If it’s up to Travis Shaw, he will be a member of the Milwaukee Brewers for years to come.
Shaw told Tom Haudicourt of the Milwaukee Journal Sentinel that is he hoping to be offered a contract extension by the Brewers at some point in the near future, as Haudicourt mentions in a recent article:
“You’ve got two great on-base guys in [Christian] Yelich and [Lorenzo] Cain and that set the table for the middle of the order, whatever that order’s going to be,” said Shaw, who likes it so much in Milwaukee that he is hopeful of being offered a contract extension at some point.
As it stands right now, Shaw is under team control by Milwaukee until 2022, and isn’t eligible for arbitration until the 2019 season. This means that any contract extension with the Brewers would likely wipe out Shaw’s arbitration years, and at least one free agent year. After a career year in 2017, Shaw is looking to reach even greater heights in 2018, and the stage is set for him to do so.
Shaw slashed .273/.349/.513 with 31 home runs and 101 runs batted in across 606 plate appearances in his first year with the Brewers, and with new additions Christian Yelich and Lorenzo Cain scheduled to hit in-front of him everyday in the lineup along with a healthy Ryan Braun most days, Shaw could be primed to drive in even more runs.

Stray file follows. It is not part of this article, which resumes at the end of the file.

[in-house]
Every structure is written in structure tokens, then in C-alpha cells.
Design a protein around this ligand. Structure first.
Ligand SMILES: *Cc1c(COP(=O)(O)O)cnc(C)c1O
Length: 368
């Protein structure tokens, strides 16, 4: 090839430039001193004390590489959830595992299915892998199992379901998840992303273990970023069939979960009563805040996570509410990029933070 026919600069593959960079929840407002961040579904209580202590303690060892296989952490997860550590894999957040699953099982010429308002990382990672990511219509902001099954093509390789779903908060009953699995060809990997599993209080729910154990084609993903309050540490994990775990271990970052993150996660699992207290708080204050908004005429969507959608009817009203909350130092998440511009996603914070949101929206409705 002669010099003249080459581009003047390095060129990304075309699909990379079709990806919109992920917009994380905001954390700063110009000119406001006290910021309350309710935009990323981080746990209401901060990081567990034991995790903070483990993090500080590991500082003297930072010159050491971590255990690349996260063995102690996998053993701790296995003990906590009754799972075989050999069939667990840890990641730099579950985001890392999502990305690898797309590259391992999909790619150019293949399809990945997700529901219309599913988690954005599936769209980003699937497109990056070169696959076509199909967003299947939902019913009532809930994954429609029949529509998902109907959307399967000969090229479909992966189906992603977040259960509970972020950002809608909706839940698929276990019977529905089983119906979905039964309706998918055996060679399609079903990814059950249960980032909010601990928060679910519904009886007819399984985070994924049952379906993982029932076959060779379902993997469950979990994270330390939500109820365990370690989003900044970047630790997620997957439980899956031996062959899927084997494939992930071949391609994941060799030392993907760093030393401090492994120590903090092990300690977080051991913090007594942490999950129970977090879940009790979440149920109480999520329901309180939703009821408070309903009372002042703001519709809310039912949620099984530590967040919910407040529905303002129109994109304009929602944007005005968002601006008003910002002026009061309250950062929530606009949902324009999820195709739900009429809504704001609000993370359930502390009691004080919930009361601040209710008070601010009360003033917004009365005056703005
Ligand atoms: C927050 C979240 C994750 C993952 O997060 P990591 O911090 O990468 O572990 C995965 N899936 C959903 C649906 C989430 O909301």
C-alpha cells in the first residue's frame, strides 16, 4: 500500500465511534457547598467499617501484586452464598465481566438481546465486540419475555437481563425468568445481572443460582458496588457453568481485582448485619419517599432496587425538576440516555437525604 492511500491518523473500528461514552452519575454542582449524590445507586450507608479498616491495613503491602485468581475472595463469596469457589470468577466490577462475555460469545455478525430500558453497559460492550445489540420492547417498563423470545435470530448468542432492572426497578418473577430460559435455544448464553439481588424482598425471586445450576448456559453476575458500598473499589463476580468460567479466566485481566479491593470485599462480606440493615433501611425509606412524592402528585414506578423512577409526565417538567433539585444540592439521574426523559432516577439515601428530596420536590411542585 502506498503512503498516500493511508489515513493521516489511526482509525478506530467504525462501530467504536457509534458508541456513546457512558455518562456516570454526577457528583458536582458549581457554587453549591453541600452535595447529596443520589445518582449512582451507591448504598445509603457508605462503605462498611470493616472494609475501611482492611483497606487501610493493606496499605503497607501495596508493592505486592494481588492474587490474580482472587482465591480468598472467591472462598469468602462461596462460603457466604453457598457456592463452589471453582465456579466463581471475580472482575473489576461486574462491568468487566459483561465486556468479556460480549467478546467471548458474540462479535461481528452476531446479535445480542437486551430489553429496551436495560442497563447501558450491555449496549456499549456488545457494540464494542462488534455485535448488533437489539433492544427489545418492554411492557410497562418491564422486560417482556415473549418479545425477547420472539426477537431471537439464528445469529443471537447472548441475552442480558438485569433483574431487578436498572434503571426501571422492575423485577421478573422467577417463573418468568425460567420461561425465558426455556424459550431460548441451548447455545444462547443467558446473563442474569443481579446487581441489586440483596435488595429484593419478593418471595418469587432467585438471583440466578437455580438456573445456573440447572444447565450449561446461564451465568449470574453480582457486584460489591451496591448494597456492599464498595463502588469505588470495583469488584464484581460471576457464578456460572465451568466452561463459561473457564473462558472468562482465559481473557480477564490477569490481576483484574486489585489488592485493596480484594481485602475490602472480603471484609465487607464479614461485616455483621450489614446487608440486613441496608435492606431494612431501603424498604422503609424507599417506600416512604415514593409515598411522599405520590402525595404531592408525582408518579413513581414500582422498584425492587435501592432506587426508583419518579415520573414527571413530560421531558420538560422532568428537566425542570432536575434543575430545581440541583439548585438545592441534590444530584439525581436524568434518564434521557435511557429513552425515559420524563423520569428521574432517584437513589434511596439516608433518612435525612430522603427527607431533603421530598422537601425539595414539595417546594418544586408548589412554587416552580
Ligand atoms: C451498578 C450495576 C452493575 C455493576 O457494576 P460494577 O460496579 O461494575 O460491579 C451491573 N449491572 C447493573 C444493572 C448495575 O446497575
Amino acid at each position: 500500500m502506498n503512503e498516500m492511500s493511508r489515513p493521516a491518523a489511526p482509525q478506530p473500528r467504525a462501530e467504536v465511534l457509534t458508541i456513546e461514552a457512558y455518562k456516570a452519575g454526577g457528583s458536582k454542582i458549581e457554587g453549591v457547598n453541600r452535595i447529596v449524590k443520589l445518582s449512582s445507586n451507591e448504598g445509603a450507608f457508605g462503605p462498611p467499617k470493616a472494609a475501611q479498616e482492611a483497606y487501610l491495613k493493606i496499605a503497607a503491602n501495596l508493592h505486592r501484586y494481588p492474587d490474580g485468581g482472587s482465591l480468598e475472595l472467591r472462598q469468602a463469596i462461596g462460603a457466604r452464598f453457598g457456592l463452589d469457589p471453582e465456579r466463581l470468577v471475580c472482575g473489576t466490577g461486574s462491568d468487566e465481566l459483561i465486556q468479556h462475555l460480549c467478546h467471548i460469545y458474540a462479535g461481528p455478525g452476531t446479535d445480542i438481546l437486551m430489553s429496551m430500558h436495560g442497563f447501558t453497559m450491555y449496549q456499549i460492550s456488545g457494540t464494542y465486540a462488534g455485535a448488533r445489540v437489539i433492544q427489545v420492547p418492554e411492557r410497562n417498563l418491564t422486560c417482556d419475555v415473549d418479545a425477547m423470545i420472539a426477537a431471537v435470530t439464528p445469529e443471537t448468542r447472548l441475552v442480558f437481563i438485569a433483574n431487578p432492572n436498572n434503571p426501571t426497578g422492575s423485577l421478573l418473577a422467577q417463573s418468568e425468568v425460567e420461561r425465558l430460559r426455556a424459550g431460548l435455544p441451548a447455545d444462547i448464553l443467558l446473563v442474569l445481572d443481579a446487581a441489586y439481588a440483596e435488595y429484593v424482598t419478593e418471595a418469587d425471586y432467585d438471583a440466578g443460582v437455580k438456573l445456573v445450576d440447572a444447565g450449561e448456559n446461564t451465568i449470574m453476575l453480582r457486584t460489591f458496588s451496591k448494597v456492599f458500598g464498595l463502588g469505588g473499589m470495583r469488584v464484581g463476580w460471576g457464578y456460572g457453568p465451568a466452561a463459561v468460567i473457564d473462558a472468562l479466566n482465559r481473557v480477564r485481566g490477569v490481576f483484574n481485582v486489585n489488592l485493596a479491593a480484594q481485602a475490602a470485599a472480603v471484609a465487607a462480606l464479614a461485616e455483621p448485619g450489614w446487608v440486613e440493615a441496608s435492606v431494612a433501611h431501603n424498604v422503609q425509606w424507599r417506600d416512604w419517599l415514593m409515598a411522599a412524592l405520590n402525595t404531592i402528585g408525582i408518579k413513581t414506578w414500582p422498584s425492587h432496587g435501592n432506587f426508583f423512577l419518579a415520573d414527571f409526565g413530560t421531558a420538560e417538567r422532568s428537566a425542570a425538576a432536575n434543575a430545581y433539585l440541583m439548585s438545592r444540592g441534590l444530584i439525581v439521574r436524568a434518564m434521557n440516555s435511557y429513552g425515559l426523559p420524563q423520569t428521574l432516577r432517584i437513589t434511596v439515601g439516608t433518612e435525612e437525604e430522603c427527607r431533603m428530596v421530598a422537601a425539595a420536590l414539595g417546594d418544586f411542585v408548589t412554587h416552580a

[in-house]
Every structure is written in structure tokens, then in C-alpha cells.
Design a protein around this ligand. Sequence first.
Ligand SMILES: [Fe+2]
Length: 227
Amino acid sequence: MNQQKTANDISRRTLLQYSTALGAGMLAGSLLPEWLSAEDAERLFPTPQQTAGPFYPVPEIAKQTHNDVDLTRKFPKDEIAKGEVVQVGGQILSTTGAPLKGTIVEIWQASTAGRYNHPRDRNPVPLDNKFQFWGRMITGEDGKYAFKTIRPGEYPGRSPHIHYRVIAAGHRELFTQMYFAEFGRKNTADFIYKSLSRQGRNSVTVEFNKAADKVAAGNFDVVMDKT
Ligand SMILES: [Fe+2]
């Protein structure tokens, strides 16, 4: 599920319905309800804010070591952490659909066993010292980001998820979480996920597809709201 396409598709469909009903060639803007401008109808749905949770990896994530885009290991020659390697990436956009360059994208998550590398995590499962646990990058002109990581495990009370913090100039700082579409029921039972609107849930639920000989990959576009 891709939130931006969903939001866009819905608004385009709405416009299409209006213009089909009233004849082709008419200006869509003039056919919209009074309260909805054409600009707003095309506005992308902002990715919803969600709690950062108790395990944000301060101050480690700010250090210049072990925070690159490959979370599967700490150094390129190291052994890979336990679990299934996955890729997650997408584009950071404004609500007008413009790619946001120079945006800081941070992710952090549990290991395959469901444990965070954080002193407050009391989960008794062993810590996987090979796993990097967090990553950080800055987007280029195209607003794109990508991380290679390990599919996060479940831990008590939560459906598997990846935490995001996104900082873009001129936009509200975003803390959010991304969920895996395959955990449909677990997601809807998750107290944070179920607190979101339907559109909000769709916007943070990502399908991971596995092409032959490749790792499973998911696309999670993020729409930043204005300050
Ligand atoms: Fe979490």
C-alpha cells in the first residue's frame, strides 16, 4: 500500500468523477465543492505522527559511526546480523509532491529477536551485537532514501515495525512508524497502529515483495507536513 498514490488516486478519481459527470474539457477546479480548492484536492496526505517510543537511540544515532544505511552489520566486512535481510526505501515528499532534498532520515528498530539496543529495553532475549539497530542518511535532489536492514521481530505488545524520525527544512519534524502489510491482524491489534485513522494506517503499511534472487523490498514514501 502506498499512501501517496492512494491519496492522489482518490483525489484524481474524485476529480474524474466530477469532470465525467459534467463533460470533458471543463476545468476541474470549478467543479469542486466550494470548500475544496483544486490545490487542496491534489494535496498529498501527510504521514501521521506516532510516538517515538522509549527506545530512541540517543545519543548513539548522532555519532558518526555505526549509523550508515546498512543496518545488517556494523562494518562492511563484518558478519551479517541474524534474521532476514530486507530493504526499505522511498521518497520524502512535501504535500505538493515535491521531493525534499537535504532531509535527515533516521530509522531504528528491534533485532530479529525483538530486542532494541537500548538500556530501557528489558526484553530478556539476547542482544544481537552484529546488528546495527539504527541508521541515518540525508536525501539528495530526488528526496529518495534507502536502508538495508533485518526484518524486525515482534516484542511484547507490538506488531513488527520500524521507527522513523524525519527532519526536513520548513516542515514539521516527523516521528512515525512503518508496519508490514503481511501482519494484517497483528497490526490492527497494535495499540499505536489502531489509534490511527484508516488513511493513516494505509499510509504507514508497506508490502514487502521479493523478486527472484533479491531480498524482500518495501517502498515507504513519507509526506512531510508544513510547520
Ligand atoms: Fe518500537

The metrics say that Shaw could even hit more home runs in 2018 too, as his 37.6% fly ball rate in 2017 was the lowest mark of his career, while his 42.5% ground ball rate was the highest mark. On the flip side, however, Shaw’s soft contact rate dipped down, and his hard contact rate went up. That means that as long as Shaw keeps his hard contact rate high, his fly ball to ground ball ratio shouldn’t overly matter.
Haudicourt also learned that Shaw spent much of his off-season working out in Wisconsin, adding on even more strength. Once Haudicourt suggested that the increased strength could lead to more home runs for Shaw, the 27-year-old shied away from that proclamation:
“I’m not even going to go there,” said Shaw. “I don’t even want to think about hitting home runs because it gets me in trouble. For me, it’s just continuing to be consistent, drive the ball the other way. For me, it’s to try to hit 40 doubles more than it is to hit home runs.
Regardless of when and how they come, the home runs will keep coming from Shaw. He’s just hoping that he hits enough of them in 2018 to make him a nice payday, and keep him with the Brewers for the long run.
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